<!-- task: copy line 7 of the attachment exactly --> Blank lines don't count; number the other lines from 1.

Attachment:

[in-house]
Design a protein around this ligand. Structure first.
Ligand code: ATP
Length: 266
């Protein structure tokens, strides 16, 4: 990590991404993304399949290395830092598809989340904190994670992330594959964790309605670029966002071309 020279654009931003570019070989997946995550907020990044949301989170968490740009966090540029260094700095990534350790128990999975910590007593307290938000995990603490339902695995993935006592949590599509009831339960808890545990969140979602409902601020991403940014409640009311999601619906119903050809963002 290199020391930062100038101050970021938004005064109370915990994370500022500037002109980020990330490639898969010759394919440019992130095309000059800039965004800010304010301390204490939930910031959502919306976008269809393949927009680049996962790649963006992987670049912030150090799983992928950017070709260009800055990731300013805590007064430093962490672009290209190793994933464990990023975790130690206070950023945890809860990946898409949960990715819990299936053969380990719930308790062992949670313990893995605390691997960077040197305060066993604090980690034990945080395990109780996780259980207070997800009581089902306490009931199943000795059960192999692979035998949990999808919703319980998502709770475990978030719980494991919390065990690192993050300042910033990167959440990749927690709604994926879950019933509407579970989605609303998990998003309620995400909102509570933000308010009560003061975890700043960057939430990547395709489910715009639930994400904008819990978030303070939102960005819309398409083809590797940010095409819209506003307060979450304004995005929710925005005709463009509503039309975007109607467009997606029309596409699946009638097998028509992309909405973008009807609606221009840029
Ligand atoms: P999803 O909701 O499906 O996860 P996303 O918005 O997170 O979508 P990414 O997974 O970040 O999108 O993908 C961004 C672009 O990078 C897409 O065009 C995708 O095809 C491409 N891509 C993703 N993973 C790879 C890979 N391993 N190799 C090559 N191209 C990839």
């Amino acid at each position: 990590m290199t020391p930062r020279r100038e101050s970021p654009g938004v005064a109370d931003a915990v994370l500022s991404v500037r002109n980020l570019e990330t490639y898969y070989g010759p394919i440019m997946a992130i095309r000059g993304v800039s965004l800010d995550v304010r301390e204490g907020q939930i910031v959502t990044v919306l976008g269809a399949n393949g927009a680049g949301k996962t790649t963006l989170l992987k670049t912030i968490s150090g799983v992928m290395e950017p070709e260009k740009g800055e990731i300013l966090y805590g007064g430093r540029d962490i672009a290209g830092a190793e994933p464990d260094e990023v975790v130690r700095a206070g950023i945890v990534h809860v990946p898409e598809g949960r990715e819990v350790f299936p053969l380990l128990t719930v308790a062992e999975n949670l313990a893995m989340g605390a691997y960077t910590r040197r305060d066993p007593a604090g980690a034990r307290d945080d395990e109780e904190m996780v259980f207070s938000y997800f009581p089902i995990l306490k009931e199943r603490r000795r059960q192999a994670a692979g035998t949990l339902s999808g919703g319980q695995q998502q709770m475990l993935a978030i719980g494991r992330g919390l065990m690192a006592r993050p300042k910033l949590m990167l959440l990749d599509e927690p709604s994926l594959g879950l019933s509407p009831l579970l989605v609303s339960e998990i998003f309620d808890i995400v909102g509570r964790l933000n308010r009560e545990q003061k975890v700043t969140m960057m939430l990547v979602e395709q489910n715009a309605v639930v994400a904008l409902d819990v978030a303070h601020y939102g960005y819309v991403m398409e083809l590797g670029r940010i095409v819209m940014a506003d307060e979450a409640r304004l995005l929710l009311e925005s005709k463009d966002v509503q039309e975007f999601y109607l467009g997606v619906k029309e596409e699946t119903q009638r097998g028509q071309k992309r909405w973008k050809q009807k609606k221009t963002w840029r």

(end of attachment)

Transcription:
């Amino acid at each position: 990590m290199t020391p930062r020279r100038e101050s970021p654009g938004v005064a109370d931003a915990v994370l500022s991404v500037r002109n980020l570019e990330t490639y898969y070989g010759p394919i440019m997946a992130i095309r000059g993304v800039s965004l800010d995550v304010r301390e204490g907020q939930i910031v959502t990044v919306l976008g269809a399949n393949g927009a680049g949301k996962t790649t963006l989170l992987k670049t912030i968490s150090g799983v992928m290395e950017p070709e260009k740009g800055e990731i300013l966090y805590g007064g430093r540029d962490i672009a290209g830092a190793e994933p464990d260094e990023v975790v130690r700095a206070g950023i945890v990534h809860v990946p898409e598809g949960r990715e819990v350790f299936p053969l380990l128990t719930v308790a062992e999975n949670l313990a893995m989340g605390a691997y960077t910590r040197r305060d066993p007593a604090g980690a034990r307290d945080d395990e109780e904190m996780v259980f207070s938000y997800f009581p089902i995990l306490k009931e199943r603490r000795r059960q192999a994670a692979g035998t949990l339902s999808g919703g319980q695995q998502q709770m475990l993935a978030i719980g494991r992330g919390l065990m690192a006592r993050p300042k910033l949590m990167l959440l990749d599509e927690p709604s994926l594959g879950l019933s509407p009831l579970l989605v609303s339960e998990i998003f309620d808890i995400v909102g509570r964790l933000n308010r009560e545990q003061k975890v700043t969140m960057m939430l990547v979602e395709q489910n715009a309605v639930v994400a904008l409902d819990v978030a303070h601020y939102g960005y819309v991403m398409e083809l590797g670029r940010i095409v819209m940014a506003d307060e979450a409640r304004l995005l929710l009311e925005s005709k463009d966002v509503q039309e975007f999601y109607l467009g997606v619906k029309e596409e699946t119903q009638r097998g028509q071309k992309r909405w973008k050809q009807k609606k221009t963002w840029r």